In "By the Waters of Babylon", Benet plants clues to the identity of the civilization that dies out in the "Great Burning".a) List these cluesb) At what point in the short story...
In "By the Waters of Babylon", Benet plants clues to the identity of the civilization that dies out in the "Great Burning".
a) List these clues
b) At what point in the short story could you identify the civilization?
2. Interpret the following quotations, and connect on their meanings.
a) "Truth is a hard deer to hunt. If you eat too much truth at once, you may die of the truth."
b) "Perhaps, in the old days, they ate knowledge too fast."
In order to identify the clues in the short story "By the Waters of Babylon", first look for the broken words that John mentions. He sees a statue of "a man who wears his hair like a woman" with the inscription -ASHING beneath the statue. He assumes that this is some great god, but as the reader follows the clues, he comes to understand that Benet is referring to a broken statue of George Washington. The same goes for -UBTREAS- as the subtreasury building and OUDISON as the Hudson River. Putting the clues together as John goes through the Place of the Gods allows the reader to go on a journey of discovery with the character, and we, the readers, begin to recognize that this Place of the Gods is really a destroyed New York City.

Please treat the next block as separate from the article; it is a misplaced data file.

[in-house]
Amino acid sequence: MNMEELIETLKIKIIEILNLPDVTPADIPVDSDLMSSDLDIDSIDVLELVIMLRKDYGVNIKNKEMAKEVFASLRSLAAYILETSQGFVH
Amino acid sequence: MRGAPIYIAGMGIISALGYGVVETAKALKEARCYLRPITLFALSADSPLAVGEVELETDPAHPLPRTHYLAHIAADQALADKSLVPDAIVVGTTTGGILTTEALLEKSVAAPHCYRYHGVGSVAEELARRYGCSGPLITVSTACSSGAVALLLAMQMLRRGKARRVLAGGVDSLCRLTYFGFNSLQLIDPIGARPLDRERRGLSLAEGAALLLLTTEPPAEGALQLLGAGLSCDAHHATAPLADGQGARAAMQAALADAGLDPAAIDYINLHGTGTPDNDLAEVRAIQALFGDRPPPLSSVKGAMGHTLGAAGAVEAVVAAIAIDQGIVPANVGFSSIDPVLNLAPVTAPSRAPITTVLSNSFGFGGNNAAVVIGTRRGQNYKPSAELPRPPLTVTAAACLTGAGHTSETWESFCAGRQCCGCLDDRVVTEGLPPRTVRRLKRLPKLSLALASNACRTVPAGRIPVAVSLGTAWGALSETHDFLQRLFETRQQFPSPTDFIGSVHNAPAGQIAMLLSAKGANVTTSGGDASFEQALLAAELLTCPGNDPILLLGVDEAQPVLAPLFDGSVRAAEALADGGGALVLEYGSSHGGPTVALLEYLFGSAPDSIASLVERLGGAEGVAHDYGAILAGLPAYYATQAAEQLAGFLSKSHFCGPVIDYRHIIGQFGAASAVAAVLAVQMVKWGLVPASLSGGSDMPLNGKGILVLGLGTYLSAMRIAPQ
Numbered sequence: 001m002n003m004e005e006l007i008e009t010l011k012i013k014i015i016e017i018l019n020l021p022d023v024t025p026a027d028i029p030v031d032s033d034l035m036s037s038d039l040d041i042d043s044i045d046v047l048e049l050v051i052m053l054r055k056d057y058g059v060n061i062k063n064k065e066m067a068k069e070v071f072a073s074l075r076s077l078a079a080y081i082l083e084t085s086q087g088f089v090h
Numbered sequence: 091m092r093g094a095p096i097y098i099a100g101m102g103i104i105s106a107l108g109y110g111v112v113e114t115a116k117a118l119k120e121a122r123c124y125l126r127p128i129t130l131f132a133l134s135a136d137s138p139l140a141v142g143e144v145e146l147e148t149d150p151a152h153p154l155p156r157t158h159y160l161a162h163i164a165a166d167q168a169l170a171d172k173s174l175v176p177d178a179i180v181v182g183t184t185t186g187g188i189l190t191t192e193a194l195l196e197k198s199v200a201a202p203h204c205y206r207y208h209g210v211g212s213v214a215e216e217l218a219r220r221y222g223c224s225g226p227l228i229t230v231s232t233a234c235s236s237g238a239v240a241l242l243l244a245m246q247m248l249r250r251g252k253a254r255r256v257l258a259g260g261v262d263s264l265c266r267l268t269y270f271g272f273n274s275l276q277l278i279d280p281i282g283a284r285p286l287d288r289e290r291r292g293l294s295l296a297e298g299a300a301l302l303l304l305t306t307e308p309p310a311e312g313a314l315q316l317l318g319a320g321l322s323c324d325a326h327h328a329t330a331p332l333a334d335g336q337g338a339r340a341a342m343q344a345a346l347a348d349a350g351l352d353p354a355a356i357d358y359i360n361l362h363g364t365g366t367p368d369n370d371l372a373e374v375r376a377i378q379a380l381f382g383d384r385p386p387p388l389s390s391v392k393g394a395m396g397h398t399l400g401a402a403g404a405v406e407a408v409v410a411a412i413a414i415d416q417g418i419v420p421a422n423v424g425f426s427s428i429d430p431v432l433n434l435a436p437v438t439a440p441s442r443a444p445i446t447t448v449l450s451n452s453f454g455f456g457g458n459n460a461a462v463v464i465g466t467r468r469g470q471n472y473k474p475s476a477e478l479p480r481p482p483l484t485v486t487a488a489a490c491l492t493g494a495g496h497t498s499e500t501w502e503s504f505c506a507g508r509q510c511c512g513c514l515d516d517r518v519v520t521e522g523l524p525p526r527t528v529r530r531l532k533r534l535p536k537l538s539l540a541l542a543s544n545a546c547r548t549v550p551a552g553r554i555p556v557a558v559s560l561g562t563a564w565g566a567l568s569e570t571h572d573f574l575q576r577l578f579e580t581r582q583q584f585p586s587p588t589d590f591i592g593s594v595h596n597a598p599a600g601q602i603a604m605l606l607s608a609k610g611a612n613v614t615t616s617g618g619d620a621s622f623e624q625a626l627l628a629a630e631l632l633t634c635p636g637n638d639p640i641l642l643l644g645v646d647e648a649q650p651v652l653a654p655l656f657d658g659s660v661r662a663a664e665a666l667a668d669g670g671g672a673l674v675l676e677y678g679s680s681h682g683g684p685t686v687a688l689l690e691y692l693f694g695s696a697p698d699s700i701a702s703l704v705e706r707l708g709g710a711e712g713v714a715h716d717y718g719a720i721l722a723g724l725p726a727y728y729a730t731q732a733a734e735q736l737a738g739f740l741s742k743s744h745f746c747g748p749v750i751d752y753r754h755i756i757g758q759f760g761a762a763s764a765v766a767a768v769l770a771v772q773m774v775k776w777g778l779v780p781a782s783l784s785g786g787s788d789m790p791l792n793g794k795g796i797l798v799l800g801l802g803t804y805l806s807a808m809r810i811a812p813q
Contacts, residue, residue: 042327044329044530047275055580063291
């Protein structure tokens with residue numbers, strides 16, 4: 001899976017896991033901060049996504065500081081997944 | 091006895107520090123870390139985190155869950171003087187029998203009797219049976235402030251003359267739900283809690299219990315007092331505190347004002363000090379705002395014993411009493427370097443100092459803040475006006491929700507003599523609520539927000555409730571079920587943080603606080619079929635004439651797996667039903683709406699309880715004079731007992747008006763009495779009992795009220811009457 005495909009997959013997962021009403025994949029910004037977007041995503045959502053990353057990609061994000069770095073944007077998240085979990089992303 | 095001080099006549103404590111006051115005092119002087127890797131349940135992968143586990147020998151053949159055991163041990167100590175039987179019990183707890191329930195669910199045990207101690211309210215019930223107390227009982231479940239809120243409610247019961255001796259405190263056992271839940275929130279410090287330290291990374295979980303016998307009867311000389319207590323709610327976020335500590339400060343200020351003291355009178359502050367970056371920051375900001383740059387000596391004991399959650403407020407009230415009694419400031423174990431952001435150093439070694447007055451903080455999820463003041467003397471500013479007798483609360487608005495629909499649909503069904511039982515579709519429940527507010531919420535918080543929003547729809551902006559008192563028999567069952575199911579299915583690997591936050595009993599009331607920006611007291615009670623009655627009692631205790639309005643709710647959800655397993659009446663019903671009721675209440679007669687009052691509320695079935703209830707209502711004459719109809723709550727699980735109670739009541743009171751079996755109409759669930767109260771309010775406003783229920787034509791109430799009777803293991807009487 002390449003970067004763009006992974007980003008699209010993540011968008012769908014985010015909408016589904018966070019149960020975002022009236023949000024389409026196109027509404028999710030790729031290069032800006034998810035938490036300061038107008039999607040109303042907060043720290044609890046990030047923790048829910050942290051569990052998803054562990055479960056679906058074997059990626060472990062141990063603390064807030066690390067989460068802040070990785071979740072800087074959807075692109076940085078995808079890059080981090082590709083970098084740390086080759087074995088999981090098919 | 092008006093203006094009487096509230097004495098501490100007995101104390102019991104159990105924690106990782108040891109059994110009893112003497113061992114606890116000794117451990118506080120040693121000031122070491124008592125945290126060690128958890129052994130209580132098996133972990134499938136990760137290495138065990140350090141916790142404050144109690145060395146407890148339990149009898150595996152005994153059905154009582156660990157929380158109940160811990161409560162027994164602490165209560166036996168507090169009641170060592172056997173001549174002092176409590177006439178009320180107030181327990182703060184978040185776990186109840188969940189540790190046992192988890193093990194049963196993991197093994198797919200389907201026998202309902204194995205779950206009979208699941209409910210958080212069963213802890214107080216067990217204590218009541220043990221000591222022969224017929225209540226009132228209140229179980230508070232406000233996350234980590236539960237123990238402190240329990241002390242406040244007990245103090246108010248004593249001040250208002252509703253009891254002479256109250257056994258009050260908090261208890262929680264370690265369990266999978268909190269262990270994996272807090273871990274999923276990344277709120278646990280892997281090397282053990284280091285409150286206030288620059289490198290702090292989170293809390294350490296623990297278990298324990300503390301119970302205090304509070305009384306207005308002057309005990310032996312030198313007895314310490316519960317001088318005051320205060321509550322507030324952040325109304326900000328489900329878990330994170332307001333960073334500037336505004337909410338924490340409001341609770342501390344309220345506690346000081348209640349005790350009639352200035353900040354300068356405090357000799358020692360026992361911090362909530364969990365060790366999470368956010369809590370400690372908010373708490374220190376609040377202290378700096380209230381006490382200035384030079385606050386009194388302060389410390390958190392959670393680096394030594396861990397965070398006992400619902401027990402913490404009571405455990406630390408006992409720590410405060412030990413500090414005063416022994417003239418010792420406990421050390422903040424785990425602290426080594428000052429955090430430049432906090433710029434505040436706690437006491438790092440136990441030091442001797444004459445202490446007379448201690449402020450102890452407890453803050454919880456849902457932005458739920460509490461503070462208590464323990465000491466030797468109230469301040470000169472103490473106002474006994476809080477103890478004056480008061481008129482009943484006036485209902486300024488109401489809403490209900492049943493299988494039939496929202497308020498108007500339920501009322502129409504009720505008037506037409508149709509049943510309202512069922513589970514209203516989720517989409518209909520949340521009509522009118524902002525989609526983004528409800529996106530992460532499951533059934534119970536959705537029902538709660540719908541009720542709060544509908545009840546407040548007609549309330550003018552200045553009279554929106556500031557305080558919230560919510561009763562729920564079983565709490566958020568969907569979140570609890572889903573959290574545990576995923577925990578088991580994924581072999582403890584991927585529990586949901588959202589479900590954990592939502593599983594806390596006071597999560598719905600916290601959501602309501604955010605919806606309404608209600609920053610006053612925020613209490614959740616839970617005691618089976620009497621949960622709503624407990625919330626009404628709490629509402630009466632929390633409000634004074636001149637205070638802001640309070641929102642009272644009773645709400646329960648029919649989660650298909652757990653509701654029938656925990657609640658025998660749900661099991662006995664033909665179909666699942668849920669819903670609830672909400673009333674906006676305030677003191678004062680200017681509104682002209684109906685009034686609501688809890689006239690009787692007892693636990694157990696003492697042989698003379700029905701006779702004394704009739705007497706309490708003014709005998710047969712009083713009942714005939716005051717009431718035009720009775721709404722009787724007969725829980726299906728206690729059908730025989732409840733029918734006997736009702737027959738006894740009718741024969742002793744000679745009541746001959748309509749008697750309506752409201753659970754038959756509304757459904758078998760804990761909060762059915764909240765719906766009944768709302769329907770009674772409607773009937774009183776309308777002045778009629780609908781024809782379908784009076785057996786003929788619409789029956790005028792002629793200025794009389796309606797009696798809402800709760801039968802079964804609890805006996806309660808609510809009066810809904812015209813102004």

Both quotations deal with the same message that too much knowledge at once can be dangerous. If one does not know how to constructively work with a given piece of knowledge or truth, it may be misused and create chaos. For John's people, the knowledge that the gods they worship were merely men who destroyed themselves through the misuse of technology can have a devastating effect on their society. As it stands, the priests of the Hill People are in charge. If what the priests teach were discovered to be an untruth, then their society as they know it would crumble. No one would listen to the priests, and there would be anarchy.